Note:  What you need to learn about this depends on what your examiners want. The only way to find that out is to look at old exam papers and mark schemes. If you are a UK A level student and haven't got copies of these, find out how to get hold of them by going to the syllabuses page to find your Exam Board's web address.



Grignard reagents and carbonyl compounds

What are carbonyl compounds?

Carbonyl compounds contain the C=O double bond. The simplest ones have the form:

R and R' can be the same or different, and can be an alkyl group or hydrogen.


Note:  Other carbonyl compounds also react with Grignard reagents, but these are all that are required for UK A level purposes.


If one (or both) of the R groups are hydrogens, the compounds are called aldehydes. For example:

If both of the R groups are alkyl groups, the compounds are called ketones. Examples include:


The general reaction between Grignard reagents and carbonyl compounds

The reactions between the various sorts of carbonyl compounds and Grignard reagents can look quite complicated, but in fact they all react in the same way - all that changes are the groups attached to the carbon-oxygen double bond.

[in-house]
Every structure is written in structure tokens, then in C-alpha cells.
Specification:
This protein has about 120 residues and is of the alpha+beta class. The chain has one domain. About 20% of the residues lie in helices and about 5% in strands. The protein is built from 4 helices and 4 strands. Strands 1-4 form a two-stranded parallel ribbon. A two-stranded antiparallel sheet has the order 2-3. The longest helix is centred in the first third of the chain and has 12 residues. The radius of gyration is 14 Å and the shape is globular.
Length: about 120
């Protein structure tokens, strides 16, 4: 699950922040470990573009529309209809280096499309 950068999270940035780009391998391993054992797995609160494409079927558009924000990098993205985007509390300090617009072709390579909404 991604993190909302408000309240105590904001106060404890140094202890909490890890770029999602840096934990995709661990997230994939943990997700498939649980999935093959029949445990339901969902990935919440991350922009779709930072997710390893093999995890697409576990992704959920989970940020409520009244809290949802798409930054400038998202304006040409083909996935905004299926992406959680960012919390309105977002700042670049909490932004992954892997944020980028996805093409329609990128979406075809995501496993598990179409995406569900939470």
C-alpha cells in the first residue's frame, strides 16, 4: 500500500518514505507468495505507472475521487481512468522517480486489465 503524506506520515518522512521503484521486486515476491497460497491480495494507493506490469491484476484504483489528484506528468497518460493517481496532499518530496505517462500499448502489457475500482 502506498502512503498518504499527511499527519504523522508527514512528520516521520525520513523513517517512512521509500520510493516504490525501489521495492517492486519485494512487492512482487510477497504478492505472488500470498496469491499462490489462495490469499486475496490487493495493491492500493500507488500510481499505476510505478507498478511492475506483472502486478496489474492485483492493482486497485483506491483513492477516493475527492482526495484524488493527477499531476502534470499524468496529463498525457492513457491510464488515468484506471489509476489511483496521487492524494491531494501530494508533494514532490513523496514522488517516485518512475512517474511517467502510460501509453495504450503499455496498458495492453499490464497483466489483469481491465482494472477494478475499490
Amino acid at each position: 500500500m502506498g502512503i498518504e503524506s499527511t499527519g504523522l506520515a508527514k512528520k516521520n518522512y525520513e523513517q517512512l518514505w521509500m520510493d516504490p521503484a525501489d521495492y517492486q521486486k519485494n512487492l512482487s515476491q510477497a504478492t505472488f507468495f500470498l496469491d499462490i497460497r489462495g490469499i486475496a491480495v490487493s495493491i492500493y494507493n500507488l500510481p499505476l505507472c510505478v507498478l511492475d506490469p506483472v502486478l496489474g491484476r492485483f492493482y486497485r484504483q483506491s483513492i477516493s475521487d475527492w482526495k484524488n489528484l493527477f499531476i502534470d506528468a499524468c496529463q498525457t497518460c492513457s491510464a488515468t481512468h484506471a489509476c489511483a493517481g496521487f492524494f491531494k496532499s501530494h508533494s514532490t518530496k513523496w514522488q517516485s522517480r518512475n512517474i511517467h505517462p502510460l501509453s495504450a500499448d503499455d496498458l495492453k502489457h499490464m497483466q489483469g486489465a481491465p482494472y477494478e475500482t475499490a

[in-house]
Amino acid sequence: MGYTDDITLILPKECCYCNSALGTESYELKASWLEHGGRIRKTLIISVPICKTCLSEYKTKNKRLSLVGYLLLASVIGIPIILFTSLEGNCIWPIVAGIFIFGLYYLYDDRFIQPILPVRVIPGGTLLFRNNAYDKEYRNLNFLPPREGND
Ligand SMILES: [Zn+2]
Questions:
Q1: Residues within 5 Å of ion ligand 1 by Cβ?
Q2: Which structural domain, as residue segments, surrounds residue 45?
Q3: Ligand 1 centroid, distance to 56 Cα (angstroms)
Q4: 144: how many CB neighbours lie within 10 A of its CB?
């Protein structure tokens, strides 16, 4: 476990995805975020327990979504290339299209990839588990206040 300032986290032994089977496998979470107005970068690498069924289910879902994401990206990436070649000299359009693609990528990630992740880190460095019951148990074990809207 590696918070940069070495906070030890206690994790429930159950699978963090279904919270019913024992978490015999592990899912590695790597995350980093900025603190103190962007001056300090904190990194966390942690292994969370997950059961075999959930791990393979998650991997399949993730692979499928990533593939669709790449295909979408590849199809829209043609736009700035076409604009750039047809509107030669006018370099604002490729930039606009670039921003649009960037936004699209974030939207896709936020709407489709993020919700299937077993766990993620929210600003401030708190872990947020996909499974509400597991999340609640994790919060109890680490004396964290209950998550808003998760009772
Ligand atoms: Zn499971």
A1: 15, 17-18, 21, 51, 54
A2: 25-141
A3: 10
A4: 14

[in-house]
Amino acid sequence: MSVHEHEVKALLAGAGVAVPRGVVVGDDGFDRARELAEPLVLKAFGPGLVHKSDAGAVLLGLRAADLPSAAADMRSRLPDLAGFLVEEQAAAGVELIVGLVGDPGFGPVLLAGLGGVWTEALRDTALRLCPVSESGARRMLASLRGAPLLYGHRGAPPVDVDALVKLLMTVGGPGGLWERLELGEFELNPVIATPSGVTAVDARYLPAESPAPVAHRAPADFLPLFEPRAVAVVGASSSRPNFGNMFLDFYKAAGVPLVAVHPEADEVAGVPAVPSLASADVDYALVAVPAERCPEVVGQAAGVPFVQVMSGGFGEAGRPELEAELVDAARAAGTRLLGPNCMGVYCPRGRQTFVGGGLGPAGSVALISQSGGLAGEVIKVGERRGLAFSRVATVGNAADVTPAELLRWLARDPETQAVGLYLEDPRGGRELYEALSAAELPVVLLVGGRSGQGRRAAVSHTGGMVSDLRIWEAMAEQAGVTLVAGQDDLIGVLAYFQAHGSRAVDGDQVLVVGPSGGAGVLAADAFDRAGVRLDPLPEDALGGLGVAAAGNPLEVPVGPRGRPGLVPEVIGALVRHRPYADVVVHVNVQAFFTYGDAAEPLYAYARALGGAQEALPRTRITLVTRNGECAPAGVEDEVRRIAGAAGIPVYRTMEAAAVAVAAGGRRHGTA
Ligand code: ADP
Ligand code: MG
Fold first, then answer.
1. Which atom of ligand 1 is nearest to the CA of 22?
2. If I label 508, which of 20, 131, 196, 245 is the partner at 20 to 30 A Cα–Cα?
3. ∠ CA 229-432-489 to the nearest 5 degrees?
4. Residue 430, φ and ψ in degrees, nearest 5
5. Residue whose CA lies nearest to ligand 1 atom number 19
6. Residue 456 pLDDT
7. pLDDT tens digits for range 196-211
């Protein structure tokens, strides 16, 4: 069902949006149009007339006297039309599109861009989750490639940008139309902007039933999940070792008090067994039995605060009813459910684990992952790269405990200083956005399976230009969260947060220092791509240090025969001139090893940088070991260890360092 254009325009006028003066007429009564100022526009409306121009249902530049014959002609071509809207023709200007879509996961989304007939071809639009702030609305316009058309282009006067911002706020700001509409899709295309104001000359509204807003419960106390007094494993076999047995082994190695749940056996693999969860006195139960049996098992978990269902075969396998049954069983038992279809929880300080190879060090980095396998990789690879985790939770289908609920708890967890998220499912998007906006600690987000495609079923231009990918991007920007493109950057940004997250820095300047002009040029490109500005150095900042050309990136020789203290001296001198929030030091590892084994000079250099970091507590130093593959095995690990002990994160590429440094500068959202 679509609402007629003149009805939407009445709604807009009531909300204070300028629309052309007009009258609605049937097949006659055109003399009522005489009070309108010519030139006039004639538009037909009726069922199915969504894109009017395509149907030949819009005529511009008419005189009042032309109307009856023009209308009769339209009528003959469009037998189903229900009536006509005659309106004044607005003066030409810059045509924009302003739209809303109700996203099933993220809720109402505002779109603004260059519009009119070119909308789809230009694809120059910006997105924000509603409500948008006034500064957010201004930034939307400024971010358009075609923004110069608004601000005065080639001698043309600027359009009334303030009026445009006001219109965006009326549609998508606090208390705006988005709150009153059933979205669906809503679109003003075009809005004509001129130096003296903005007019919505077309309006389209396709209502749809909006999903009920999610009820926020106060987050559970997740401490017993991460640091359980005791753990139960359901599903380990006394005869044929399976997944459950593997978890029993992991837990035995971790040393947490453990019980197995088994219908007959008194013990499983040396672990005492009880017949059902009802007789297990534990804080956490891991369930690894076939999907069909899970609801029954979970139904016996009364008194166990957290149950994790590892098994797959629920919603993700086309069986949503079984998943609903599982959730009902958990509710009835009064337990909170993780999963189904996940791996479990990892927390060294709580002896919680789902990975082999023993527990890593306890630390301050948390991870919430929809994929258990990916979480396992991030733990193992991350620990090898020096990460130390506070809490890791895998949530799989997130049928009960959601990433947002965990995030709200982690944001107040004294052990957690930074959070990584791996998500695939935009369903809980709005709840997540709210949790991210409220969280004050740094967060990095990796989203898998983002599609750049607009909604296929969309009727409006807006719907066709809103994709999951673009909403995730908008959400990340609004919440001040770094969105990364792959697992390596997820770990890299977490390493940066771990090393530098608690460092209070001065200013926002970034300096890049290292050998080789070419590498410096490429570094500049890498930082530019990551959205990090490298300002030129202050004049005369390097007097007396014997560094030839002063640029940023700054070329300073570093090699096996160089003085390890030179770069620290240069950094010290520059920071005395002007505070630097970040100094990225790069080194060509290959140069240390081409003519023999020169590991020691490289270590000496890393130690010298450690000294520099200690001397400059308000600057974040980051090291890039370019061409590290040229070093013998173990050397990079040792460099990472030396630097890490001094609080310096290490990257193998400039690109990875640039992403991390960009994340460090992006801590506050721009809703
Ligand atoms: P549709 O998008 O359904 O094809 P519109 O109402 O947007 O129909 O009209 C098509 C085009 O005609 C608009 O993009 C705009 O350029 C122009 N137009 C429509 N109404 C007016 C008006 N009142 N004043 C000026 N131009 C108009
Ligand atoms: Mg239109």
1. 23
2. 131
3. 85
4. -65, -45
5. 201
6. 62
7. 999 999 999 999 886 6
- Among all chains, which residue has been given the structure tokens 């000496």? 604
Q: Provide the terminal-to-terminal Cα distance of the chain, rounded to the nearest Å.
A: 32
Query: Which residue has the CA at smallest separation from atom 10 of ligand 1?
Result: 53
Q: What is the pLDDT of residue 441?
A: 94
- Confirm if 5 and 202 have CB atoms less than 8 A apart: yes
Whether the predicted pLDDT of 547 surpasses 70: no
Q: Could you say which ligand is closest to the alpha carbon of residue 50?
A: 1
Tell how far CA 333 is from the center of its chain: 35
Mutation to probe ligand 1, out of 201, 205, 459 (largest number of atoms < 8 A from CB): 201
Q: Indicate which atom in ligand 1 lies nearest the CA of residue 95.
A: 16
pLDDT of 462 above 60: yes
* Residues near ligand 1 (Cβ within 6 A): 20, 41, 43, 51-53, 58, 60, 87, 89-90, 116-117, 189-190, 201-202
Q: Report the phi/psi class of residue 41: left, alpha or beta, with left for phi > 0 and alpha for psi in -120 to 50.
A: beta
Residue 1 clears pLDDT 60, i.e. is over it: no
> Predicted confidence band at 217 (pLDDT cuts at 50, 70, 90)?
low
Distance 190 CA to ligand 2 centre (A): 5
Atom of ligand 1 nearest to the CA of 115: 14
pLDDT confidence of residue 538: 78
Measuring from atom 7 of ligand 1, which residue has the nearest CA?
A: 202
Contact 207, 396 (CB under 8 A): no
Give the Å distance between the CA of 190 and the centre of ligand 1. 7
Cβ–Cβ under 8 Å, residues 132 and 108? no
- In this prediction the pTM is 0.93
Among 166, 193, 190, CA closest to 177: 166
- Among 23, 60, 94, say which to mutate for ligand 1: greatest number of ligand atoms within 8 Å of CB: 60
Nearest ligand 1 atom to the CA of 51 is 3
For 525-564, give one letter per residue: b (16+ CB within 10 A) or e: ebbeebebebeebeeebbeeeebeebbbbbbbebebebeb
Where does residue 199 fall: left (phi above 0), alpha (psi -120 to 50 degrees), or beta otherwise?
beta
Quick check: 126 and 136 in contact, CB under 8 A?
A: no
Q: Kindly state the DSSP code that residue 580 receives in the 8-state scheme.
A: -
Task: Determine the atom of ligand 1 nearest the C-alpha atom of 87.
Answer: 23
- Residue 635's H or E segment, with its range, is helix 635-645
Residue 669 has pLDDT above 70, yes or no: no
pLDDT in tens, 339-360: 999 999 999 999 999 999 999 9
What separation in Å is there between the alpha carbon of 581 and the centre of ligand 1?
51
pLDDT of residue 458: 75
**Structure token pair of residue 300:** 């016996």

It is much easier to understand what is going on by looking closely at the general case (using "R" groups rather than specific groups) - and then slotting in the various real groups as and when you need to.

The reactions are essentially identical to the reaction with carbon dioxide - all that differs is the nature of the organic product.

In the first stage, the Grignard reagent adds across the carbon-oxygen double bond:

Dilute acid is then added to this to hydrolyse it. (I am using the normally accepted equation ignoring the fact that the Mg(OH)Br will react further with the acid.)

An alcohol is formed. One of the key uses of Grignard reagents is the ability to make complicated alcohols easily.

What sort of alcohol you get depends on the carbonyl compound you started with - in other words, what R and R' are.


The reaction between Grignard reagents and methanal

In methanal, both R groups are hydrogen. Methanal is the simplest possible aldehyde.

Assuming that you are starting with CH3CH2MgBr and using the general equation above, the alcohol you get always has the form:

Since both R groups are hydrogen atoms, the final product will be:

A primary alcohol is formed. A primary alcohol has only one alkyl group attached to the carbon atom with the -OH group on it.

You could obviously get a different primary alcohol if you started from a different Grignard reagent.


The reaction between Grignard reagents and other aldehydes

The next biggest aldehyde is ethanal. One of the R groups is hydrogen and the other CH3.

Again, think about how that relates to the general case. The alcohol formed is:

So this time the final product has one CH3 group and one hydrogen attached: